Greydanus provides a decent place for decent film reviews

Greydanus provides a decent place for decent film reviews

One might expect a website called decentfilms.com to be a worthy if tedious exercise, but Steven D. Greydanus’ criticism has long been one of the jewels of the Catholic internet.

Demonstrating a deep knowledge and understanding of both cinema and the Faith, the New Jersey diaconal candidate and film critic for The National Catholic Register has long been an obvious go-to for any Catholics wondering whether any films, new or old, might be worth their time.

Among Greydanus’ more appealing qualities is his humility, his willingness to revisit old reviews, admitting when he’s been wrong or when he’s simply changed his mind.

Reviewing the current Star Wars blockbuster, J.J. Abrams’ The Force Awakens, for instance, he prefaces his reservations by saying: “Let me admit, first of all, that I’m the last person anyone need take seriously about this movie. I loved and defended the Star Wars prequels for years before their weaknesses finally sank in, and to this day I remain fond of them. I was bowled over by Abrams’ Star Trek reboot for months.

“There are,” he concludes his caveat, “any number of reasons to consider me the least reliable critic in the world regarding this film.”

Far from limiting himself to such mainstream fare, Greydanus’ cinematic tastes are as catholic as they are Catholic, allowing him to explore just what this art form can bring to us.

Among the films he’s recently reviewed, for instance, is the 2014 German film Kreuzweg, released in the US as ‘Stations of the Cross’, describing this as “among the most insightful and devastating cross-examinations of religious fundamentalism that I have ever seen, certainly in a Catholic context”. Maintaining that the film is not an attack on faith or religion, he says it is, rather, “an examination of how faith goes wrong”.

The variety of fundamentalism depicted in the film is “toxic”, he says, largely because it embraces a totalising explanation of life, denying that anything can be learned from scientists, nurses, philosophers or poets, and offers “a binary outlook on the world in terms of sacred or profane, with everything on the profane side of human experience under a cloud of suspicion”.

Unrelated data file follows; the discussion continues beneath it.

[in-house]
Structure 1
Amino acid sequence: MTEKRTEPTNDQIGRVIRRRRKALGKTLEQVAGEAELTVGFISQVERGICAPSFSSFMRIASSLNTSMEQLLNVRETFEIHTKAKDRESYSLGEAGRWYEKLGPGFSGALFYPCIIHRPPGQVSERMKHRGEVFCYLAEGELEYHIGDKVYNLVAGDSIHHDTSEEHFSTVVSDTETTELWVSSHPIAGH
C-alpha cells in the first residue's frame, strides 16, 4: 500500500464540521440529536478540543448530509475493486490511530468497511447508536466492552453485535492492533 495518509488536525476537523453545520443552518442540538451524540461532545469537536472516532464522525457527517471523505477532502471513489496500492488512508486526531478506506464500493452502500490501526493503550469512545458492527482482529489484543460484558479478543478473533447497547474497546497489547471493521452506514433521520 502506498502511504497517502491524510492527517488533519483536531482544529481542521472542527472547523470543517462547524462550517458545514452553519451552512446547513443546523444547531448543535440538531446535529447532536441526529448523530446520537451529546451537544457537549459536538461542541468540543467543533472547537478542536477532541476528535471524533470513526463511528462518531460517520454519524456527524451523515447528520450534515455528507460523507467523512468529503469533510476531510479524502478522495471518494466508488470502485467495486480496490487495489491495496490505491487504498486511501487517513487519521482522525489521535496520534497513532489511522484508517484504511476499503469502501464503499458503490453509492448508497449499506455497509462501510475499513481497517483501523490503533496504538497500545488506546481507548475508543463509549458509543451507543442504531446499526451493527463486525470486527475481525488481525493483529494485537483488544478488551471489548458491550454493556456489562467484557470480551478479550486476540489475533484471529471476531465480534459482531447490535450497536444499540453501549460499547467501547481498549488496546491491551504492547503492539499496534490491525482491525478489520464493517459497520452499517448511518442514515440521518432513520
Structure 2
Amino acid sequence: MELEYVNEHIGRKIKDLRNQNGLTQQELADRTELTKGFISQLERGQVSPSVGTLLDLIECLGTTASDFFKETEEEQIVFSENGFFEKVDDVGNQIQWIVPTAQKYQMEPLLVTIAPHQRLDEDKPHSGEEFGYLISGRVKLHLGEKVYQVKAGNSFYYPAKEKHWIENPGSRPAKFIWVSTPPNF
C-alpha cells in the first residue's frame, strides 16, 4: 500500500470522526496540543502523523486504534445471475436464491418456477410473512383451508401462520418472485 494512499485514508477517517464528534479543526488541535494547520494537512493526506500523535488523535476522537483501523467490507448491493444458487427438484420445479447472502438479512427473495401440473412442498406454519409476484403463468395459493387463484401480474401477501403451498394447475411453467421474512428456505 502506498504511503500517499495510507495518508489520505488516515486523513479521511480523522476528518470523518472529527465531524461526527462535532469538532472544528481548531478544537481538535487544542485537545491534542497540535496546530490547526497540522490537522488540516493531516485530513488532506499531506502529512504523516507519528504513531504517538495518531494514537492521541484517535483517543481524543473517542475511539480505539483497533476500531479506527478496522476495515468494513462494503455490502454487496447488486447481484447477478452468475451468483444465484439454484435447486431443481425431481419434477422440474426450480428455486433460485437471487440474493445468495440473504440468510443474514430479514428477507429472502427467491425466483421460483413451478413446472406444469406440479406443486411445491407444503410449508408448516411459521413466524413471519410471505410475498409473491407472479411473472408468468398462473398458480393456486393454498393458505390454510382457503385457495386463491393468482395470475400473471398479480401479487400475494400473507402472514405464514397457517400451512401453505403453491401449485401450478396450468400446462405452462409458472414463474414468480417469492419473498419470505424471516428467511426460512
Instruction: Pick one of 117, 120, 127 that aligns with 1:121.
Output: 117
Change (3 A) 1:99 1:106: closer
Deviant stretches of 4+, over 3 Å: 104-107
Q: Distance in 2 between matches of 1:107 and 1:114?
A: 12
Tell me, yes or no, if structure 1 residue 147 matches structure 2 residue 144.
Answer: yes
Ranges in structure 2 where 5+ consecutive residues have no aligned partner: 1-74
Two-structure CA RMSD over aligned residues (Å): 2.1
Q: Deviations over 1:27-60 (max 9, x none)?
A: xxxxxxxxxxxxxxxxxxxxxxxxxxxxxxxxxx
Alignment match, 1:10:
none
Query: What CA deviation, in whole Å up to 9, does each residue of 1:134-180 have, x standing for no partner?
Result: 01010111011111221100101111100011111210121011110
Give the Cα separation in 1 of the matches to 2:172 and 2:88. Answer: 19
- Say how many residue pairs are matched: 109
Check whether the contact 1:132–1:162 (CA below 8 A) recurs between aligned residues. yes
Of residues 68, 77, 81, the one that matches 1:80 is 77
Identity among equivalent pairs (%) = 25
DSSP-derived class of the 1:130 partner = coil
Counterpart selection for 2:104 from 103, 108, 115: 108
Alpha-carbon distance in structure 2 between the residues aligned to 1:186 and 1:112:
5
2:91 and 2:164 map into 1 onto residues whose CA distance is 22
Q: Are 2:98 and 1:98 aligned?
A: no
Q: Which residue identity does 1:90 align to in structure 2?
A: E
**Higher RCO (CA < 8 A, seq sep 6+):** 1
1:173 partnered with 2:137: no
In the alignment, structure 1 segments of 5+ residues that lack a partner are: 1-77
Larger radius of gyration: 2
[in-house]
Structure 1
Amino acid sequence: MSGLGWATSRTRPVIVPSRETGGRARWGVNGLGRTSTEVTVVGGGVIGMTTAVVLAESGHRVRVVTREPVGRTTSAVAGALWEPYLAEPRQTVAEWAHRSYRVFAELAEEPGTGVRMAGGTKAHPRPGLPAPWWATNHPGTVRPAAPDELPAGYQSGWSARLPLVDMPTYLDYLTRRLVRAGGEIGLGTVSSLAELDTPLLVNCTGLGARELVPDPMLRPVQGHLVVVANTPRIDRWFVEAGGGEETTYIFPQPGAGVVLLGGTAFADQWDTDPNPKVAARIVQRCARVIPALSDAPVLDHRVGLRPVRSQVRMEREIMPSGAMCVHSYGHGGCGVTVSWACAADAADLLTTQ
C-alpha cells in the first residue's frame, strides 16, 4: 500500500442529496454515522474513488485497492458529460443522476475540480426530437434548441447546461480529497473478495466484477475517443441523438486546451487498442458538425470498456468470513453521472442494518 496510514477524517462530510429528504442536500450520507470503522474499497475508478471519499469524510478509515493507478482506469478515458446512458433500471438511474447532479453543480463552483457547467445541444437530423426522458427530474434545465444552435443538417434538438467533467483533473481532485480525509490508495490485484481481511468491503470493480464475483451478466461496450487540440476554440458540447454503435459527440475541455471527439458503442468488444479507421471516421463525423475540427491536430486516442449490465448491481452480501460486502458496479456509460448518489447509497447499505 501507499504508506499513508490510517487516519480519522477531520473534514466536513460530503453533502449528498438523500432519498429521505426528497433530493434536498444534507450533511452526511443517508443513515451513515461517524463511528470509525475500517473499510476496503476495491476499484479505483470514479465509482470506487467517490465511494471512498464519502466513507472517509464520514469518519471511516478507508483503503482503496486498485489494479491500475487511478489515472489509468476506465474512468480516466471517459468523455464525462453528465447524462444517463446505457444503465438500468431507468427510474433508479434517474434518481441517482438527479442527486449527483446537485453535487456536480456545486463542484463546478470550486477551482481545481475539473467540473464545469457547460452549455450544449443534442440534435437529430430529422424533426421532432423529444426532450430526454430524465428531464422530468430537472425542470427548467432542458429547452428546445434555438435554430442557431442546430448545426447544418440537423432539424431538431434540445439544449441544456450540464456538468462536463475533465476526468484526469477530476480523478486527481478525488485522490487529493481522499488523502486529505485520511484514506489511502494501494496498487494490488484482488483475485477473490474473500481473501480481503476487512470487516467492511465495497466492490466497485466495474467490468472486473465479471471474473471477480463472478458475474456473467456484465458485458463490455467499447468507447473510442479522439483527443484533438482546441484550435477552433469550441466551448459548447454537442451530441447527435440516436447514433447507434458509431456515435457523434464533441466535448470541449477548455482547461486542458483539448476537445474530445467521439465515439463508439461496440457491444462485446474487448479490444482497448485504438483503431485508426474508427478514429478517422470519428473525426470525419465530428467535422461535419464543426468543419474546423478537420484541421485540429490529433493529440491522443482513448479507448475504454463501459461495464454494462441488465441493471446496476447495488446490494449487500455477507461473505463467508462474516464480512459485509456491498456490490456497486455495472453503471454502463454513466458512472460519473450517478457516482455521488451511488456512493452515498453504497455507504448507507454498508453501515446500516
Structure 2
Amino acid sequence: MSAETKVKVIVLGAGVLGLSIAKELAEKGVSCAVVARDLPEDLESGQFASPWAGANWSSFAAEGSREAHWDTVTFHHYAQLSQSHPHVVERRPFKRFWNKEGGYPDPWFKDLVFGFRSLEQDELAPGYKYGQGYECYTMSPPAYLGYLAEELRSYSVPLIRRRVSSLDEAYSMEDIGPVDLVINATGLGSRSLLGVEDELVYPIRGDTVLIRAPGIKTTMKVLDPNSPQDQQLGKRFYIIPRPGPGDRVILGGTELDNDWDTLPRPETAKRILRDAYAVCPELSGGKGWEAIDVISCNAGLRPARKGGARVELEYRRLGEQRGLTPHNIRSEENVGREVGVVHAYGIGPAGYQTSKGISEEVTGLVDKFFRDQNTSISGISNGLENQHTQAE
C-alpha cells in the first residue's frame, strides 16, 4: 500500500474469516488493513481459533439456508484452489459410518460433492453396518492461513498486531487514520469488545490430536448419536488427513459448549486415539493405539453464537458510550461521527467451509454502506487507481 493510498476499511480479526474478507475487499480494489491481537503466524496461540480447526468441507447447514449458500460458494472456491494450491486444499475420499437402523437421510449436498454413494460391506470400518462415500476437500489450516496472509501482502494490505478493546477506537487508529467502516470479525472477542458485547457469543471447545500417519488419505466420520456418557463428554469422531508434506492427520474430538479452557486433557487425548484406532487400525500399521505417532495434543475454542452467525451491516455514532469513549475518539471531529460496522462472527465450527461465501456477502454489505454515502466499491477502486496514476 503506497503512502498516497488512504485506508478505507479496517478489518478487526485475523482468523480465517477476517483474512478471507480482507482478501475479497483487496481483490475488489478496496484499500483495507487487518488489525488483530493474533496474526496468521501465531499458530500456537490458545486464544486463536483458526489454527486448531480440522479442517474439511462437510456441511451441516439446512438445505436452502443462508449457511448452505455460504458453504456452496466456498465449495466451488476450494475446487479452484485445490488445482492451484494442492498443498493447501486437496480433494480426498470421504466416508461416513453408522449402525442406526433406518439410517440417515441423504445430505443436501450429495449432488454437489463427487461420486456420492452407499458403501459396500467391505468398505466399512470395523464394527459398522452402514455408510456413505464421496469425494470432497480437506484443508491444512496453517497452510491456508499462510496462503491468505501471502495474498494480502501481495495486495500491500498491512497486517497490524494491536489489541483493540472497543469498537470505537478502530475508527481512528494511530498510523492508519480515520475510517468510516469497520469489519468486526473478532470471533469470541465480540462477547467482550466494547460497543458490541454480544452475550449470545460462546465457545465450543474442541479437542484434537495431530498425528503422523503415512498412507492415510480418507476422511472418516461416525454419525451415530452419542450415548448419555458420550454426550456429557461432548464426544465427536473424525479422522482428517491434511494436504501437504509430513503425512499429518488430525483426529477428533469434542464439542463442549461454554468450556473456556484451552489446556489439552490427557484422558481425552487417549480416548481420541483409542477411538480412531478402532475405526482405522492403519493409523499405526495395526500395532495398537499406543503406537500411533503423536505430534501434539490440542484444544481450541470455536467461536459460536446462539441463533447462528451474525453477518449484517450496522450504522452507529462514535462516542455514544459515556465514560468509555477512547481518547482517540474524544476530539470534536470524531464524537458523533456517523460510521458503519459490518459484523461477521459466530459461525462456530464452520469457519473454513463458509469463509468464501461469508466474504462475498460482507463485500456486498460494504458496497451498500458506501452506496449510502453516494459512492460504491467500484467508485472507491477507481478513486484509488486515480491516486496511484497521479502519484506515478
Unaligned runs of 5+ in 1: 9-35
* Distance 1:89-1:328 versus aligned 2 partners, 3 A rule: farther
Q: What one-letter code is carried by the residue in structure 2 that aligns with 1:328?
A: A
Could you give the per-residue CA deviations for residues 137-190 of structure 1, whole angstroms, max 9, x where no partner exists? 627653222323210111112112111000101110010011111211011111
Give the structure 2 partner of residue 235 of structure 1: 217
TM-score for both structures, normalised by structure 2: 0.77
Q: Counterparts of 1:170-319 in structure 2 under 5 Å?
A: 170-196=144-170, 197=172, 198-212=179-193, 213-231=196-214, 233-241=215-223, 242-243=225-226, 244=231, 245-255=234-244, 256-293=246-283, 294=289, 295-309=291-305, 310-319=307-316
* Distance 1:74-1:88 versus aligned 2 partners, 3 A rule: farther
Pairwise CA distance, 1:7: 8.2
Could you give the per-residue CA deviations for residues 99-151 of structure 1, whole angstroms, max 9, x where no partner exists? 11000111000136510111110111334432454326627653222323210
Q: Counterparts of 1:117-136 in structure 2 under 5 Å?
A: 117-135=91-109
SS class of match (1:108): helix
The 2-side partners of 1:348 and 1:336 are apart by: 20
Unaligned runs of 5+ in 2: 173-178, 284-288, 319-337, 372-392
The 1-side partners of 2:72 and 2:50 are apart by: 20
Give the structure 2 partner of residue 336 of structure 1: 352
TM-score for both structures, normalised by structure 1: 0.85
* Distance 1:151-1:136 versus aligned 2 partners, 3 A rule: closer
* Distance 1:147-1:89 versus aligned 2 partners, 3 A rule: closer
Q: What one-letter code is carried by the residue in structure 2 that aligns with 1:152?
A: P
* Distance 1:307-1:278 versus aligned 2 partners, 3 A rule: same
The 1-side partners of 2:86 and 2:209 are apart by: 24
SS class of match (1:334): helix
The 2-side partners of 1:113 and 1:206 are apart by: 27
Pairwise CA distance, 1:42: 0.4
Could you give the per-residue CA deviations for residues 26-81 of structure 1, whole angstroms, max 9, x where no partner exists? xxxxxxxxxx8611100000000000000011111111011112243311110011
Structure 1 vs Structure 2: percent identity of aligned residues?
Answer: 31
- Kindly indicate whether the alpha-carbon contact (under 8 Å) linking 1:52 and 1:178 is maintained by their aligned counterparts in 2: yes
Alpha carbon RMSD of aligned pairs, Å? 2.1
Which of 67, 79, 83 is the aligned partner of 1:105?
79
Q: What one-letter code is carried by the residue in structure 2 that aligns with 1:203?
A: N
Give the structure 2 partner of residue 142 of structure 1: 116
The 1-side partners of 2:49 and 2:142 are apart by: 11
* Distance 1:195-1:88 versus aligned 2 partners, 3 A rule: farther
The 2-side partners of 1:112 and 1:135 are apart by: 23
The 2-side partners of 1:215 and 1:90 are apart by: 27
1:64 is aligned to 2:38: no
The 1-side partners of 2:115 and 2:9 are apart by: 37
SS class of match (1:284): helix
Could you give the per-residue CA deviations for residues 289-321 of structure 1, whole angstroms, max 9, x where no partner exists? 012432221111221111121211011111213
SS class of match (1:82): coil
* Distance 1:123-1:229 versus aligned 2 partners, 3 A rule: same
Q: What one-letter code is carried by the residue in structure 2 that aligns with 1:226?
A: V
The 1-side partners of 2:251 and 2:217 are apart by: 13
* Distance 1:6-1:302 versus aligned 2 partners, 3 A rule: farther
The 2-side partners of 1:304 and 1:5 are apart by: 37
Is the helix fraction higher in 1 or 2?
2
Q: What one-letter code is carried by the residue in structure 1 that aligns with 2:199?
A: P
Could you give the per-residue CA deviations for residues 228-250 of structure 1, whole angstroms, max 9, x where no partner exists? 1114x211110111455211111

Greydanus’ reviews and essays typically appear elsewhere before being given permanent homes on his site, with one especially fascinating one, currently at cruxnow.com, exploring how Hollywood’s presentation of Catholic clergy has changed over the decades.

The differing portrayals of clergy in Spotlight and Brooklyn provide a hook for the piece, which opens by contrasting a smooth-talking Boston bishop from the former film reminding a family, shocked by a priest’s arrest, about the good work done by the Church, with a compelling depiction by Jim Broadbent of that good work on the ground in 1950s New York.

For much of Hollywood’s history, Greydanus said, Catholic priests were regularly shown in films like Boys Town and Angels with Dirty Faces in a mould much like that of Broadbent’s Fr Flood. Taking in such diverse films as The Bells of St Mary’s, On the Waterfront and The Exorcist, his survey ends by looking forward to Martin Scorcese’s forthcoming Silence, about Jesuit missionaries in 17th-Century Japan.

While expressing the hope that the film, even if wrenching and downbeat, could affirm a distinctly Christian vision, he wonders whether sympathetic priests or religious are likely to reappear in Hollywood films with contemporary settings anytime soon.

  • Jesuits in Ireland and Britain may face challenges less dramatic today than those endured by Fr Sebastião Rodrigues, the Jesuit hero of the Shūsaku Endō novel on which Silence is based, but their solutions are no less creative.

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